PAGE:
For those of you who have never worked in three dimensions, it provides an introduction to the three-dimensional world and to that complex and exciting set of relationships that will challenge you for the rest of your life. There is no end to it. I would hope that some of you might pursue this search for its own sake, as the scientists do, pausing from time to time for a personal expression which could lead to new paths to explore.
For those of you who have had three-dimensional experiences, and have known the frustration of never completely understanding what you were doing (as I have), or have become ‘stuck’ at a certain point in the development of a project, the experience of going back to the beginning and proceeding from simple to complex relationships will provide great satisfaction, a sense of freedom, and the security which comes from knowing that you can realize the potential of your idea because you can study it objectively.
The study of abstract relationships is not easy. It is a long, slow process with its own frustrations, like any discipline, but the rewards are great and the trip is exciting. So I hope I may have your cooperation and your patience as we explore the first problem - which looks so simple and yet is almost a complete course in itself. It is an organization of three rectilinear volumes - and the objective is to achieve a familiarity with simple volumes and a unified statement.’
Three-Dimensional Sketches: All of the experiences in the Foundation sequence and in the more advanced exercises start with three dimensional sketching. Use whatever materials are appropriate to the problem: clay, paper, cardboard, bristol board, wire, glue…Work quickly. Make as many sketches of the abstract relationships as you can. The abstract relationships express the relation of the parts to the whole apart from any concrete or material embodiment. They reflect the direct visual experience of the thing, how forms and spaces and movements ‘speak’ to one another.
Let your sketches be uninhibited. Later on you’ll put the saddle on them. The sketches are the most fun. That’s where you can be as creative and adventurous as you like. I believe in small sketches. If they’re small, you make more of them. And you don’t get stuck too soon. Having ten ideas is like having ten children. You’re not likely to spoil one to death. So let your ideas flow. Let them come out. But let them come out three dimensionally.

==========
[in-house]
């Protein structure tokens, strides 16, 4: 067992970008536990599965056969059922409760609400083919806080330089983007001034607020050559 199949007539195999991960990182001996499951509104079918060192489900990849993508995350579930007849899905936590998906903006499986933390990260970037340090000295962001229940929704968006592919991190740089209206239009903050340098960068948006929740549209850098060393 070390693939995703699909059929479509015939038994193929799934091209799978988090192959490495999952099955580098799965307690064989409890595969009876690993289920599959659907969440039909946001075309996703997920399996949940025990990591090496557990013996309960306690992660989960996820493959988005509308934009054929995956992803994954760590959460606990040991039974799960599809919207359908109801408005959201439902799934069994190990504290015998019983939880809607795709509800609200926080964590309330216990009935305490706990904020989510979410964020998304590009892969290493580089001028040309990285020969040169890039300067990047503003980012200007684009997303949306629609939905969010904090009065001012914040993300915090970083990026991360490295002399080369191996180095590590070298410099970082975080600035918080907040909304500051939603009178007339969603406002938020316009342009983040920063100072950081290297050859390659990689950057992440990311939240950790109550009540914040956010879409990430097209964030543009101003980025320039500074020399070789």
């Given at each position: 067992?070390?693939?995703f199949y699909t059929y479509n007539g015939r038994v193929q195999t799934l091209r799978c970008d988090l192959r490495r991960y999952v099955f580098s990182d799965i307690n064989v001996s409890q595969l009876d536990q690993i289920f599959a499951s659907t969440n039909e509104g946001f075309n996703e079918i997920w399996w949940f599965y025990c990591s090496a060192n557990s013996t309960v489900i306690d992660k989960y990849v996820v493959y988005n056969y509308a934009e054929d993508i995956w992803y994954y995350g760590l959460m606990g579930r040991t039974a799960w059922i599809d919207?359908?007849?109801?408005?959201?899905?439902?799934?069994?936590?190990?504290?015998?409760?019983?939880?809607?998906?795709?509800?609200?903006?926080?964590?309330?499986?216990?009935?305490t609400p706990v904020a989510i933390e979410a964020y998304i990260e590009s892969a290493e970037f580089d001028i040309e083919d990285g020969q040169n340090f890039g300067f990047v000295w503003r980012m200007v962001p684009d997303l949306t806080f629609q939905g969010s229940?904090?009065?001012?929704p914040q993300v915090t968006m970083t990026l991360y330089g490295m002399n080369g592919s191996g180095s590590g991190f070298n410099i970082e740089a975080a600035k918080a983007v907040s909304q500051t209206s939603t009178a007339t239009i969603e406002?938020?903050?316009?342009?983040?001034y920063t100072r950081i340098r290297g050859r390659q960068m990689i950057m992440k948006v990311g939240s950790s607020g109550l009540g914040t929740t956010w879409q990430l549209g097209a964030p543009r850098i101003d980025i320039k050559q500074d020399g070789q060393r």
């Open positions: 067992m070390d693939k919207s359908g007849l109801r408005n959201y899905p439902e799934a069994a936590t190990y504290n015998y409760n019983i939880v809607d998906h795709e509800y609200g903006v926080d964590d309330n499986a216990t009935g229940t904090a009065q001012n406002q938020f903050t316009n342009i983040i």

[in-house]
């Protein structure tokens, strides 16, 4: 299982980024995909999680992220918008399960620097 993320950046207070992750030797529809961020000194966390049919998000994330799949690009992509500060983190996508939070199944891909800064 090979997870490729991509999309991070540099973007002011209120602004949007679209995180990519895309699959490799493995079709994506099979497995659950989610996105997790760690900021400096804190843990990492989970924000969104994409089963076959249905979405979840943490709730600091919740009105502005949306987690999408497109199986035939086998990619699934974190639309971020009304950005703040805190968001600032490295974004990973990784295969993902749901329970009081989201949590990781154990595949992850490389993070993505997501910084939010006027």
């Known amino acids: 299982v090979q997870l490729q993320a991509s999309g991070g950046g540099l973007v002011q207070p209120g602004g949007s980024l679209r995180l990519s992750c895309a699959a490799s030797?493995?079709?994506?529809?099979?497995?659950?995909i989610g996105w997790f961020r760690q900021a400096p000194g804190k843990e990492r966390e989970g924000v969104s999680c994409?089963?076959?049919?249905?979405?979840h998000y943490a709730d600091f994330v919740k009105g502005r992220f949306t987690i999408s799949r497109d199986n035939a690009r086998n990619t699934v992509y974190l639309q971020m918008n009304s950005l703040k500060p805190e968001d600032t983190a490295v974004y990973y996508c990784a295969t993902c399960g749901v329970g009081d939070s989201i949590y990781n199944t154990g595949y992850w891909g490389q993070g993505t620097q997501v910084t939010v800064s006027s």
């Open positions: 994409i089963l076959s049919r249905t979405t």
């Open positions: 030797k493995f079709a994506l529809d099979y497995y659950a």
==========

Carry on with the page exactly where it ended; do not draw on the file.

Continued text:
Stand back and react to what you’ve done. Always react to your design sketches first. You can analyze them later. Focus on the ideas that seem the most interesting and exciting. Following the directions for an exercise doesn’t guarantee that you’ll create a design statement. But once you’ve selected one or two sketches for further work you can use the visual principles you’ve learned to analyze them, develop the ideas and refine your design statements.
Proportion Sketches: You can gain additional insight into the proportions and balance of your design by doing some two dimensional sketches. Using 18" x 24" newsprint sheets and standing about 10 feet away, draw several views of your three dimensional sketch. With the flat side of a charcoal or pastel and broad strokes, draw the gesture of your design. Then draw the full shape of the outside configuration. Squint when you do this and draw as if the composition were out of focus and you can see overall shape but no detail. The outside shape should have a balance of directional forces from all views. (The balance of directional forces is the sum of all forces of movement.) Draw the silhouette down to the base and up again if that’s what you see. The overall proportions should be an abstraction. Don’t draw exactly what you see. These proportion sketches are an opportunity to explore and improve what you have in your three dimensional sketch.
Space Sketches: The space sketch is a three-dimensional exercise that lets you explore the grouping of forms and the awareness of negative volume. It is a way of getting the overall concept out without having to struggle with materials. Use your space sketch to establish the first big tensional relationship between planes and volumes—or groups of planes and volumes. Make it no larger than 12’. This three-dimensional sketch must suggest the proportions of the total negative volume, establish a balance of directional forces for every position and establish complementary relationships between forms. The tensional relationship depends on sensitivity to the negative space between forms. You’ll find that volumes will need to be placed farther apart than planes. Look at the positive forms after you’ve established the spatial relationships. Organize volumes, planes and lines—in that order. The space around the planes or volumes must be stimulated by the positive forms. This is an exercise in learning how to think of all these things at the same time, so everything in your final design relates to everything else.